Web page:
6.2 In view of the above, the board did not admit this request into the appeal proceedings, in the exercise of its discretionary power under Article 12(4) RPBA.

Respondent's request to revoke the patent

7. Respondent's request to revoke the patent

7.1 The respondent requested that the patent be revoked in its entirety on the grounds that also claims 1 and 6 as maintained by the opposition division (according to the third auxiliary request underlying the appealed decision) lacked an inventive step in view of the combined teaching of E4 and E3 (cf. respondent's reply to the summons dated 6 November 2013, page 4). This request was maintained at the oral proceedings before the board (cf. point VIII above).

7.2 However, in the present case, only the patent proprietor lodged an admissible appeal, in which it requested that the interlocutory decision be set aside. The opponent chose not to file an appeal, but has the status of a party to the appeal proceedings as of right in accordance with Article 107, second sentence, EPC. In accordance with G 9/92, OJ EPO 1994, 875, points 11 and 14, and G 4/93 of 14 July 1994, a non?appealing opponent is limited to defending the result of the appealed decision, i.e. pleading to confirm the maintenance in amended form of the patent in suit as decided by the opposition division through the dismissal of the proprietor's appeal. It can thus no longer request revocation of the patent, as it could in the preceding opposition proceedings, once the time limit for appeal has expired. Therefore, according to the above decisions of the Enlarged Board of Appeal, the respondent may not challenge the maintenance of the patent as amended in accordance with the interlocutory decision, nor does the board see any reason to deviate from those decisions.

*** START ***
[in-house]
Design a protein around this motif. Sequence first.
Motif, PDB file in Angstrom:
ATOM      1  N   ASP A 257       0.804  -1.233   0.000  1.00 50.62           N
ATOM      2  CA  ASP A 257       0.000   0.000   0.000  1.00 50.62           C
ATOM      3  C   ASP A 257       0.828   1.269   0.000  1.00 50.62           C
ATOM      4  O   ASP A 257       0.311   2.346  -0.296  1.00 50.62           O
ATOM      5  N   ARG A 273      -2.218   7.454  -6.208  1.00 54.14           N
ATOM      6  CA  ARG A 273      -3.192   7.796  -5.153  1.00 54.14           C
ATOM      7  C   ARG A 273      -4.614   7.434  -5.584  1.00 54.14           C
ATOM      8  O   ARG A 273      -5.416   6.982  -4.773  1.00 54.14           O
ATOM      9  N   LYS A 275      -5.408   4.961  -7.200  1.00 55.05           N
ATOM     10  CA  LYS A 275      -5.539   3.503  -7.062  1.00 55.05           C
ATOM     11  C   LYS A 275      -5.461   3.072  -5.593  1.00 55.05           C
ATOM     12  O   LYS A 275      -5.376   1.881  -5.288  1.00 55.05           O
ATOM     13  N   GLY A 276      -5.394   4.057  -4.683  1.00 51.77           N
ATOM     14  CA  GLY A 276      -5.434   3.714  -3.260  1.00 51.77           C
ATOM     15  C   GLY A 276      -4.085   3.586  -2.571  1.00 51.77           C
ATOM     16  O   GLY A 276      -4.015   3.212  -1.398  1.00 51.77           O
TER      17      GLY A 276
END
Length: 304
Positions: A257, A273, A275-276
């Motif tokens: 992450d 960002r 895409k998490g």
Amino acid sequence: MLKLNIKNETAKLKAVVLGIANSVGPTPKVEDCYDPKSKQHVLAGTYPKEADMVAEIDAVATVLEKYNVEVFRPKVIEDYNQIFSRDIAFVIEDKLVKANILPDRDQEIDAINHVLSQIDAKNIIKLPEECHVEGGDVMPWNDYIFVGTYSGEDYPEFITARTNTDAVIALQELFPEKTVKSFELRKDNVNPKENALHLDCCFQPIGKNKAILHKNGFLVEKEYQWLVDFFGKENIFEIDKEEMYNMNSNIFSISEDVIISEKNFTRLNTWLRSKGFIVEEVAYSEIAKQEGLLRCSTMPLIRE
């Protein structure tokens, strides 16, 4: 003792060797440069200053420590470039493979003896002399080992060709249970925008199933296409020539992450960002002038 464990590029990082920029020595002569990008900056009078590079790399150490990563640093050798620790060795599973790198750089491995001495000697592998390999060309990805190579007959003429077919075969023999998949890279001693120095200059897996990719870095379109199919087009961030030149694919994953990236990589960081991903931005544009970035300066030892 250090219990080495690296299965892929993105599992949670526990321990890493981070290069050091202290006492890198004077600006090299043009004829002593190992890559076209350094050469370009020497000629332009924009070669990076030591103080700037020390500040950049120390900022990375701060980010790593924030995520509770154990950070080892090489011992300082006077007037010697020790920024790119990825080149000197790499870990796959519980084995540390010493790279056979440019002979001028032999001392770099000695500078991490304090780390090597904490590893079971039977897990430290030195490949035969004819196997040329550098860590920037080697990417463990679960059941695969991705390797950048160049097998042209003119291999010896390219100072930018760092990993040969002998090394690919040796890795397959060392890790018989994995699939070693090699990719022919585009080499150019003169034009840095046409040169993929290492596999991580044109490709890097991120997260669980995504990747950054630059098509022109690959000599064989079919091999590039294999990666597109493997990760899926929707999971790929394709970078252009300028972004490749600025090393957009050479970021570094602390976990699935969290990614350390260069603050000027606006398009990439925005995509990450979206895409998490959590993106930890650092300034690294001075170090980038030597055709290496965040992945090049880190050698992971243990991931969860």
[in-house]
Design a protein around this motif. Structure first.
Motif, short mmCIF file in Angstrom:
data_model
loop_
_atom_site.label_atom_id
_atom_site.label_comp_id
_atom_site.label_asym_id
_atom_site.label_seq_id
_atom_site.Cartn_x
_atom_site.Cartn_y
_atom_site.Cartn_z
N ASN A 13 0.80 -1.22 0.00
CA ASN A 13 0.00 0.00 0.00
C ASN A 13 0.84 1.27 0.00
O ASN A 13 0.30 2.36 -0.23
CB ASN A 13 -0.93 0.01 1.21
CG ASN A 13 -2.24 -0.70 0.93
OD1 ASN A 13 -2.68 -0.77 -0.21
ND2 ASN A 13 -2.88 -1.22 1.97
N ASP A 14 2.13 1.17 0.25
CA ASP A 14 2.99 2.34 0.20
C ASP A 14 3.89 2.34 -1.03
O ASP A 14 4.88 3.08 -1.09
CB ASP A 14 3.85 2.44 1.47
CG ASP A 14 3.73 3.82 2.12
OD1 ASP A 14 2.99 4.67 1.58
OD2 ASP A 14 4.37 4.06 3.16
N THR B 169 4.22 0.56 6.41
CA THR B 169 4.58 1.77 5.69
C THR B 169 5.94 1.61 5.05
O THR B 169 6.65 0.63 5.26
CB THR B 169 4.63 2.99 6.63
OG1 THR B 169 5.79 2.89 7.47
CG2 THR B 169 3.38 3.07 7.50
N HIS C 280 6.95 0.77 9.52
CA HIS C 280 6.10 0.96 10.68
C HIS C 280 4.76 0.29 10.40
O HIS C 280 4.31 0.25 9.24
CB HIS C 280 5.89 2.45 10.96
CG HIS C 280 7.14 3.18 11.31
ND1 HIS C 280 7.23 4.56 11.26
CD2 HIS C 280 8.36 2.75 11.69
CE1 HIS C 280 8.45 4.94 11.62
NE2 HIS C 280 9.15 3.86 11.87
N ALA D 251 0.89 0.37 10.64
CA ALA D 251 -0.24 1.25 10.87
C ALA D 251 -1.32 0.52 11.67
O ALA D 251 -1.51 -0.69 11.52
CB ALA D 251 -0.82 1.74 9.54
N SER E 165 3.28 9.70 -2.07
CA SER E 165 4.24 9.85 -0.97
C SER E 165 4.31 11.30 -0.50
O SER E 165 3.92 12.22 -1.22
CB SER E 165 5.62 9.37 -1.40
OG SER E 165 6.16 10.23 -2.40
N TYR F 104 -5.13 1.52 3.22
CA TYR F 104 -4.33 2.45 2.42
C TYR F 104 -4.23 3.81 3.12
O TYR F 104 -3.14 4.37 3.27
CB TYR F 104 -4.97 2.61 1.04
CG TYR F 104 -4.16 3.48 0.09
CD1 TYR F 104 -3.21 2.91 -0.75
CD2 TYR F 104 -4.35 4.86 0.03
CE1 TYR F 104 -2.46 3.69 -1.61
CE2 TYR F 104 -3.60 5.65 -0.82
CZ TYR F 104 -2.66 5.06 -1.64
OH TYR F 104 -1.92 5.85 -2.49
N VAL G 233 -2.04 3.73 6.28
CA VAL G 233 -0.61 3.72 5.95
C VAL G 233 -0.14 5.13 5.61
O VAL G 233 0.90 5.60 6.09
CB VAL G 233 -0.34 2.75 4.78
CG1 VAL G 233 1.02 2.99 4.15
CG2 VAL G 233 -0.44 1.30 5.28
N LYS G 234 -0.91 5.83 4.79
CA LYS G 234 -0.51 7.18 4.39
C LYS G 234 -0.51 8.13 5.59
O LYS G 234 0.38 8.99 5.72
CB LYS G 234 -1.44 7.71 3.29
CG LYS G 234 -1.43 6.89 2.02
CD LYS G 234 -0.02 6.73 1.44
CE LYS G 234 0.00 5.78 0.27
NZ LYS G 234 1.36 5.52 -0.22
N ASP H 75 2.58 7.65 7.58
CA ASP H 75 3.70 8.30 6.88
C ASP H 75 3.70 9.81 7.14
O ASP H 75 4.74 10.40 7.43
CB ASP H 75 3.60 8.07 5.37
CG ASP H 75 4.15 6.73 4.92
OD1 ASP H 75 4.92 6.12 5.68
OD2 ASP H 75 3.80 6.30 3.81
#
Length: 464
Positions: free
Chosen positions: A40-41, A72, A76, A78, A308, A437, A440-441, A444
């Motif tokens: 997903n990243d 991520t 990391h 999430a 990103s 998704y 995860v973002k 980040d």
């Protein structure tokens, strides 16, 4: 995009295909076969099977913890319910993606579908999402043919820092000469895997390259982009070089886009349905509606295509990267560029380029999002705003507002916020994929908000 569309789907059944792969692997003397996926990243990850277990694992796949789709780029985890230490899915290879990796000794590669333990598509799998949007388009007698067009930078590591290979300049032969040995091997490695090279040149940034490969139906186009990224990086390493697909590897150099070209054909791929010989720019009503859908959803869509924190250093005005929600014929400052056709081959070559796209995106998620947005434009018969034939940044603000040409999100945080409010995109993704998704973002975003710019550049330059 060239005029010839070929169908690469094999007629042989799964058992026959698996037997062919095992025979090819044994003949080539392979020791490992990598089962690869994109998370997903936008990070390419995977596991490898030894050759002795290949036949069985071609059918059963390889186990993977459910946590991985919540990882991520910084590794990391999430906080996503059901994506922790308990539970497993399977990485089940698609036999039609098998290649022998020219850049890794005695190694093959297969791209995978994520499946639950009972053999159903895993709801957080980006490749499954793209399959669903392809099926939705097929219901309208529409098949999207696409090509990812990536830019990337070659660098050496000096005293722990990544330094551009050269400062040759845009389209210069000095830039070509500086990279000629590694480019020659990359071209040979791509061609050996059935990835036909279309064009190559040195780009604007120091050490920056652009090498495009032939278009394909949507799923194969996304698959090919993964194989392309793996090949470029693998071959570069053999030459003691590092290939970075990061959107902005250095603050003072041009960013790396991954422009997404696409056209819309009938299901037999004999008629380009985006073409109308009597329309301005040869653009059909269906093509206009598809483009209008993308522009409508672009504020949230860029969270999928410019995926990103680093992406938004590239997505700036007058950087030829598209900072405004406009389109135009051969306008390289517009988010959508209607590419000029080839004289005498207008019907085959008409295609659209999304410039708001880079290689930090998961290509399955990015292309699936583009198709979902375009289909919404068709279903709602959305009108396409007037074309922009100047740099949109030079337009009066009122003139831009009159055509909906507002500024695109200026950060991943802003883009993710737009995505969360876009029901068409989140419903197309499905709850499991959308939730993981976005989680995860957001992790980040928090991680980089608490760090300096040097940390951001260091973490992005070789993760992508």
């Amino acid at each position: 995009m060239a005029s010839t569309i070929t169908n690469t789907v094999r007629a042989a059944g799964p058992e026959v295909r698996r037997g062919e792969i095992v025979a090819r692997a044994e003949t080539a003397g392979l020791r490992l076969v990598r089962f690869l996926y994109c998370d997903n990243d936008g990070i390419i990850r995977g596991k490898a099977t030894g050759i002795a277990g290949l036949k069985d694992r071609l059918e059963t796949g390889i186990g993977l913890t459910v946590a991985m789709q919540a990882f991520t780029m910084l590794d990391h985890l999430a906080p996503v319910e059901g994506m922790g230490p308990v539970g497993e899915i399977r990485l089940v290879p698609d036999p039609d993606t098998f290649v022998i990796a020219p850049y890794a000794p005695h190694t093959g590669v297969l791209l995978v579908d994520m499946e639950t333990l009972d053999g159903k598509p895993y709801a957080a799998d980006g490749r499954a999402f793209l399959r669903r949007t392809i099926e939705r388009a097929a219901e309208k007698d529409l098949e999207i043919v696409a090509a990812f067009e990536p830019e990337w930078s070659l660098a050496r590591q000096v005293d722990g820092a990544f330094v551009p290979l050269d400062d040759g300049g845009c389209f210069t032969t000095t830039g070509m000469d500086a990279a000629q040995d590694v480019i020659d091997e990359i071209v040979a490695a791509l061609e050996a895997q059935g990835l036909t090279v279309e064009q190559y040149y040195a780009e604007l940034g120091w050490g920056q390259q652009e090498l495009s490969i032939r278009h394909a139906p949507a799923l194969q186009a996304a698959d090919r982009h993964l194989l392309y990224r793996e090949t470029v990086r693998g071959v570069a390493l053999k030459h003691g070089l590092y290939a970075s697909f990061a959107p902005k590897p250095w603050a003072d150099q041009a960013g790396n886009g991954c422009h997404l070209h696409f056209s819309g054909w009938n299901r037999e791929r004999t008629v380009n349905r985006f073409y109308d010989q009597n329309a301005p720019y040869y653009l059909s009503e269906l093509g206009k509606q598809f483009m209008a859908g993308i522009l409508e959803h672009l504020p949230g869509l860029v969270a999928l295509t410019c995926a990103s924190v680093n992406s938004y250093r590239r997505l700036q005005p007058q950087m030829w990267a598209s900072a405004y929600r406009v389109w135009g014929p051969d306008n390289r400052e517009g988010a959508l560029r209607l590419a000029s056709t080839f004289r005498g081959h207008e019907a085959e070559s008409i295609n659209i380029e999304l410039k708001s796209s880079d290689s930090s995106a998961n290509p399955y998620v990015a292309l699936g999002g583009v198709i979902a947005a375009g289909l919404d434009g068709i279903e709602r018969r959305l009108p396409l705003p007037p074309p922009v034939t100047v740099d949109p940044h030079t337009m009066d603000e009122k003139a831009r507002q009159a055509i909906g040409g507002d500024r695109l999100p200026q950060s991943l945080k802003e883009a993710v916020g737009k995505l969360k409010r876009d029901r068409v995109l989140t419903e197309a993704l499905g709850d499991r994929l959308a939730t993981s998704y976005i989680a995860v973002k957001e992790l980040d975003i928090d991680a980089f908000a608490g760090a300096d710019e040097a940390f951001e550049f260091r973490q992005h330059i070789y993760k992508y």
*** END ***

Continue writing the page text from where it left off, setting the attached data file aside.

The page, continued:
7.3 Consequently, the respondent's request that the patent be revoked in its entirety is considered inadmissible.

Order

For these reasons it is decided that:

The appeal is dismissed.